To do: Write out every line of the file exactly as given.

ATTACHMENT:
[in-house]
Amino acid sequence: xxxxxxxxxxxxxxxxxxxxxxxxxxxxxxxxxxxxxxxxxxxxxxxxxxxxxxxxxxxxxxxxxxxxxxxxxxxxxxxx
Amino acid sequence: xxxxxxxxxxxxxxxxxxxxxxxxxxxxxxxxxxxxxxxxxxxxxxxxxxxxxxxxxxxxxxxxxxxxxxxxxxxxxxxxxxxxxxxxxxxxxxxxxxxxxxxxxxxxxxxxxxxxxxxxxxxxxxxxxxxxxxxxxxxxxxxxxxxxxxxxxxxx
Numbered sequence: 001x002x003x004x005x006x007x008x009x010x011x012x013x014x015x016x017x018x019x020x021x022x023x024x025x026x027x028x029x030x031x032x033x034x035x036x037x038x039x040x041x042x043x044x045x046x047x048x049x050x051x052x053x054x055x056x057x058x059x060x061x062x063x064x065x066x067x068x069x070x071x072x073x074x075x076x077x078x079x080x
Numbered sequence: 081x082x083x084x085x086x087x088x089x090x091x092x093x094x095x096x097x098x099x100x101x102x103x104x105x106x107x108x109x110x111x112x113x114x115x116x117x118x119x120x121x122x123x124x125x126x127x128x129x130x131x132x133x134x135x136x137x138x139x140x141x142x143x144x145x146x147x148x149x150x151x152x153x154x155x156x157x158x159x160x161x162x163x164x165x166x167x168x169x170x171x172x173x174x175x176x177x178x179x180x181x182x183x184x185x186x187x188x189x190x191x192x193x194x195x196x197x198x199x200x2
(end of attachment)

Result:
[in-house]
Amino acid sequence: xxxxxxxxxxxxxxxxxxxxxxxxxxxxxxxxxxxxxxxxxxxxxxxxxxxxxxxxxxxxxxxxxxxxxxxxxxxxxxxx
Amino acid sequence: xxxxxxxxxxxxxxxxxxxxxxxxxxxxxxxxxxxxxxxxxxxxxxxxxxxxxxxxxxxxxxxxxxxxxxxxxxxxxxxxxxxxxxxxxxxxxxxxxxxxxxxxxxxxxxxxxxxxxxxxxxxxxxxxxxxxxxxxxxxxxxxxxxxxxxxxxxxx
Numbered sequence: 001x002x003x004x005x006x007x008x009x010x011x012x013x014x015x016x017x018x019x020x021x022x023x024x025x026x027x028x029x030x031x032x033x034x035x036x037x038x039x040x041x042x043x044x045x046x047x048x049x050x051x052x053x054x055x056x057x058x059x060x061x062x063x064x065x066x067x068x069x070x071x072x073x074x075x076x077x078x079x080x
Numbered sequence: 081x082x083x084x085x086x087x088x089x090x091x092x093x094x095x096x097x098x099x100x101x102x103x104x105x106x107x108x109x110x111x112x113x114x115x116x117x118x119x120x121x122x123x124x125x126x127x128x129x130x131x132x133x134x135x136x137x138x139x140x141x142x143x144x145x146x147x148x149x150x151x152x153x154x155x156x157x158x159x160x161x162x163x164x165x166x167x168x169x170x171x172x173x174x175x176x177x178x179x180x181x182x183x184x185x186x187x188x189x190x191x192x193x194x195x196x197x198x199x200x2